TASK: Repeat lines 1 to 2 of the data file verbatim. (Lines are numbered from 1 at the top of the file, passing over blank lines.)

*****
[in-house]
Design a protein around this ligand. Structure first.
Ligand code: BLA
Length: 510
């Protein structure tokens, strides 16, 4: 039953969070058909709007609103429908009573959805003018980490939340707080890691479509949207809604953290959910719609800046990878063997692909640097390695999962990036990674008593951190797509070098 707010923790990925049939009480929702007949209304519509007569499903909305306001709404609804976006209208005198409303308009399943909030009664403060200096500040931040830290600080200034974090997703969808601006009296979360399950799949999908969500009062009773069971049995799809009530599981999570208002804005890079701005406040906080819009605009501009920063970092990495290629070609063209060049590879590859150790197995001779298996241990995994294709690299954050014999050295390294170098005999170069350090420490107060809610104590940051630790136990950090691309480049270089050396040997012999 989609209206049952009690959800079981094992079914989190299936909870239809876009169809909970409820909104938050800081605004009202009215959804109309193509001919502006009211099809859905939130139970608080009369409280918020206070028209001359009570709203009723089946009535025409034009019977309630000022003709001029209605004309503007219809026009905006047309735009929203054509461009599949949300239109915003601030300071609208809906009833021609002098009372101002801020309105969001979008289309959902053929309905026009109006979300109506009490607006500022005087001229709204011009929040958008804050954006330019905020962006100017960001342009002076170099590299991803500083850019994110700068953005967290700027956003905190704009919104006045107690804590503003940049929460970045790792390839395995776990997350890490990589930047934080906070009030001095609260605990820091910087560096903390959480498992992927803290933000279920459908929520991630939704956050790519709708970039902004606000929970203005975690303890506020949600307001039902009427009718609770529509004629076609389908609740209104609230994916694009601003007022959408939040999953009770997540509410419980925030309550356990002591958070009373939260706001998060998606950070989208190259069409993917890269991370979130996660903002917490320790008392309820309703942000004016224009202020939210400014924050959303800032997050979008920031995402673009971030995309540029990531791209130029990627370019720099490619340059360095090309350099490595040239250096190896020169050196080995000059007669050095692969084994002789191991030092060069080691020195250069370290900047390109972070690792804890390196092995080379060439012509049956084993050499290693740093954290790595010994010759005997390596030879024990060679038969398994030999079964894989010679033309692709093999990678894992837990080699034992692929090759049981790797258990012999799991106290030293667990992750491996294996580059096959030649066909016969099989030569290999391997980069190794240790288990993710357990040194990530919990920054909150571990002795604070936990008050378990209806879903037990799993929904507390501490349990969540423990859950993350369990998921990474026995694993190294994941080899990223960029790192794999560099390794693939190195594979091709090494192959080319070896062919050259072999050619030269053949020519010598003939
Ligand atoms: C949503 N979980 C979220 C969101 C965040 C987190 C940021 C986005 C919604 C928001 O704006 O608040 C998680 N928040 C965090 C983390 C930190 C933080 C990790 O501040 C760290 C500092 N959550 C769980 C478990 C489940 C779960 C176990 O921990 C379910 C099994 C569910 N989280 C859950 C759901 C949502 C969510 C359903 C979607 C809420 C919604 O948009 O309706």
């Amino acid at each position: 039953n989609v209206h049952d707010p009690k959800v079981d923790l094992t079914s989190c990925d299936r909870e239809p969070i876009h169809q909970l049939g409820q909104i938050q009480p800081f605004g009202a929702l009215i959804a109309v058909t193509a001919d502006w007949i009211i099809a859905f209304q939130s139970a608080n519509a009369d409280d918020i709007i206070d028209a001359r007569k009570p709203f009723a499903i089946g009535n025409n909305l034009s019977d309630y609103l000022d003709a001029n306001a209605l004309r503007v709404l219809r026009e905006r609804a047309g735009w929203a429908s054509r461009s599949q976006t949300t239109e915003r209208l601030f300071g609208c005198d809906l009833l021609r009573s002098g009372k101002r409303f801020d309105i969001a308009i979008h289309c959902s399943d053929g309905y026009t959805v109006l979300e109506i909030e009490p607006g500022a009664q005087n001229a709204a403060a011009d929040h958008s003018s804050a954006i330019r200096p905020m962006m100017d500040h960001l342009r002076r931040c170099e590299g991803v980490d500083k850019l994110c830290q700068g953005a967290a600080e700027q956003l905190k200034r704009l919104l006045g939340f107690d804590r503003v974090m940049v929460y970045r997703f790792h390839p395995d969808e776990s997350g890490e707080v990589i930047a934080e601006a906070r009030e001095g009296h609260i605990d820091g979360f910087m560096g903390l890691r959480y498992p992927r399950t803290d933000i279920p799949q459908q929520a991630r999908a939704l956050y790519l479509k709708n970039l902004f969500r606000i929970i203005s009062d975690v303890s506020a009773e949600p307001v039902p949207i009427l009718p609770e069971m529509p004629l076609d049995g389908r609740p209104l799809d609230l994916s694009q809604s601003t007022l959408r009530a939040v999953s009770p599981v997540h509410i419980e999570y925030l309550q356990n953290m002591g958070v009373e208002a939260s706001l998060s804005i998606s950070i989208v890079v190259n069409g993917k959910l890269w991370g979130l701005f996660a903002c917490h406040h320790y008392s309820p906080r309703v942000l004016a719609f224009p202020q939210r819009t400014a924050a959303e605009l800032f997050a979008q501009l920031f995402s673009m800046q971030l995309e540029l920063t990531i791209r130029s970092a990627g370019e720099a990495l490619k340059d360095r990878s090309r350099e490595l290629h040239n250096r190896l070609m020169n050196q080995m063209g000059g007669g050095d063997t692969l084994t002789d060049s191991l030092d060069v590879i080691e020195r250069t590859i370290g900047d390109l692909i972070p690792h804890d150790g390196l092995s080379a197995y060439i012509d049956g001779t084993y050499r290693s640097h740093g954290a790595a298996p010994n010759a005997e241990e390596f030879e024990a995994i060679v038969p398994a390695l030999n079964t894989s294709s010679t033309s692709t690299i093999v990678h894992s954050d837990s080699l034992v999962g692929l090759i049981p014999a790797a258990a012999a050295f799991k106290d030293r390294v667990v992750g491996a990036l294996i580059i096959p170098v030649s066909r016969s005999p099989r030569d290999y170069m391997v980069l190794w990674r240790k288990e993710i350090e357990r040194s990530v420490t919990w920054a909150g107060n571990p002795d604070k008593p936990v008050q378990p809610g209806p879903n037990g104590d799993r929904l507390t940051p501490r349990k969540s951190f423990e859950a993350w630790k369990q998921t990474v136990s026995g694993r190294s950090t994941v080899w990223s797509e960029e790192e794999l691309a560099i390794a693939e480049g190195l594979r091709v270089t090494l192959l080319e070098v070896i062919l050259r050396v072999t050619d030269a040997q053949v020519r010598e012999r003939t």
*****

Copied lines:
[in-house]
Design a protein around this ligand. Structure first.